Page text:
US Military Personnel Affected by Sleep Disorders
There has been a high occurrence of sleeping disorders within the U.S. military personnel, a recent study reveals.
Lt. Col. Vincent Mysliwiec, M.D., was the main investigator and lead author of the study, and chief of Pulmonary, Critical Care and Sleep Medicine at Madigan Army Medical Center in Tacoma. The results were published in the journal Sleep.
For the research, 725 military personnel were enlisted. They were mainly combat veterans who had issues with sleeping and participated in a study by the Madigan lab in 2010. There was a concerningly high number of volunteers who were suffering from insomnia and other sleep-related disorders. This was mainly due to post-traumatic stress disorder, traumatic brain injuries and other combat-related ailments.
"While sleep deprivation is part of the military culture, the high prevalence of short sleep duration in military personnel with sleep disorders was surprising. The potential risk of increased accidents as well as long-term clinical consequences of both short sleep duration and a sleep disorder in our population is unknown," Mysliwiec was quoted as saying in Medicalxpress.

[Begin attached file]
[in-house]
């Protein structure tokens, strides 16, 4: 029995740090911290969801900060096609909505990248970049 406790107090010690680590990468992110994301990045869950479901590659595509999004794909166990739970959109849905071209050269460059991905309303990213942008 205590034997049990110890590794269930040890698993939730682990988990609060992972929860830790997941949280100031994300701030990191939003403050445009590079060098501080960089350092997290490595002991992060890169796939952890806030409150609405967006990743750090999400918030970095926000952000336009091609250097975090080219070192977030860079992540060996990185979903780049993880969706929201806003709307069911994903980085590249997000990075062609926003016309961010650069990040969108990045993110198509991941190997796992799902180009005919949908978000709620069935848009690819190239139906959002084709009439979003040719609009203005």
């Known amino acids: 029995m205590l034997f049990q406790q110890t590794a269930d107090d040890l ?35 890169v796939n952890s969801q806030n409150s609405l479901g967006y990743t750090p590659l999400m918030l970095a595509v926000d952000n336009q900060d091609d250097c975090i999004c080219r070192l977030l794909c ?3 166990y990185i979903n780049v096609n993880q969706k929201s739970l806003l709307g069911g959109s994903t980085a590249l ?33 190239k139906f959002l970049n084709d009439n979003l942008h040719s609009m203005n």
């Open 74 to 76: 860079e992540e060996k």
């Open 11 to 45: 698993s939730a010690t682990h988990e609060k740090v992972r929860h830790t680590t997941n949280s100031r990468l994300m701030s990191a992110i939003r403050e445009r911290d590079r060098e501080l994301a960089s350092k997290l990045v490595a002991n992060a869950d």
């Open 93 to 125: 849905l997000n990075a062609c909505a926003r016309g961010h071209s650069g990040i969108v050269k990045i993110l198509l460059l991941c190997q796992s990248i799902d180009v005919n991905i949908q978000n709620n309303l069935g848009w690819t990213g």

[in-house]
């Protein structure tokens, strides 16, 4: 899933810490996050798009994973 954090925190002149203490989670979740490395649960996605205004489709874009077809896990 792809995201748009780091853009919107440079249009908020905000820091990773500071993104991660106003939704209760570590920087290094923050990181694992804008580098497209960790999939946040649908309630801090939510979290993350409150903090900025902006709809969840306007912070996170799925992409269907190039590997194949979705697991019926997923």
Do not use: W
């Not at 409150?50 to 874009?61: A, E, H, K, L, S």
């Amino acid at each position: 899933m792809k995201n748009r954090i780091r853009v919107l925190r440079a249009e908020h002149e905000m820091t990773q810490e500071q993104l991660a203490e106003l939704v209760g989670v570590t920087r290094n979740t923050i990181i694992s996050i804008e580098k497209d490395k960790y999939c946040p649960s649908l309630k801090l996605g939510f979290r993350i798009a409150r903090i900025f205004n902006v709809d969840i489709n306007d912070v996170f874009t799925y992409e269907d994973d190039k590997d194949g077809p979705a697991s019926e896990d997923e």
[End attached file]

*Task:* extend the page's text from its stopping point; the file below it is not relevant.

The author found some soldiers to be suffering from "paradoxical insomnia", which is originated from the alertness they have to maintain while at war, where the soldiers felt the lack of sleep even after a full night's rest. The author also finds that almost two-thirds of the volunteers enlisted slept less than six hours a day. Of the 725 patients, 51 percent were diagnosed with various degrees of obstructive sleep apnea, where breathing problems prevent a person from sleeping.
"Mysliwiec and colleagues have made a significant contribution to our understanding of the link between sleep disorders and service-related illnesses associated with combat operations. Their findings highlight the need for policy and culture change in our military organizations and continued research to understand and ameliorate the injuries these veterans have sustained. Better appreciations of the causal factors associated with veteran's health will lead to better policies for transition to civilian life and ultimately minimize the cost of veterans' health care to society," Nita Lewis Shatttuck, PhD, and Stephanie A. T. Brown, M.S., postgraduate students at the Naval Postgraduate School in Monterey, wrote in the study commentary.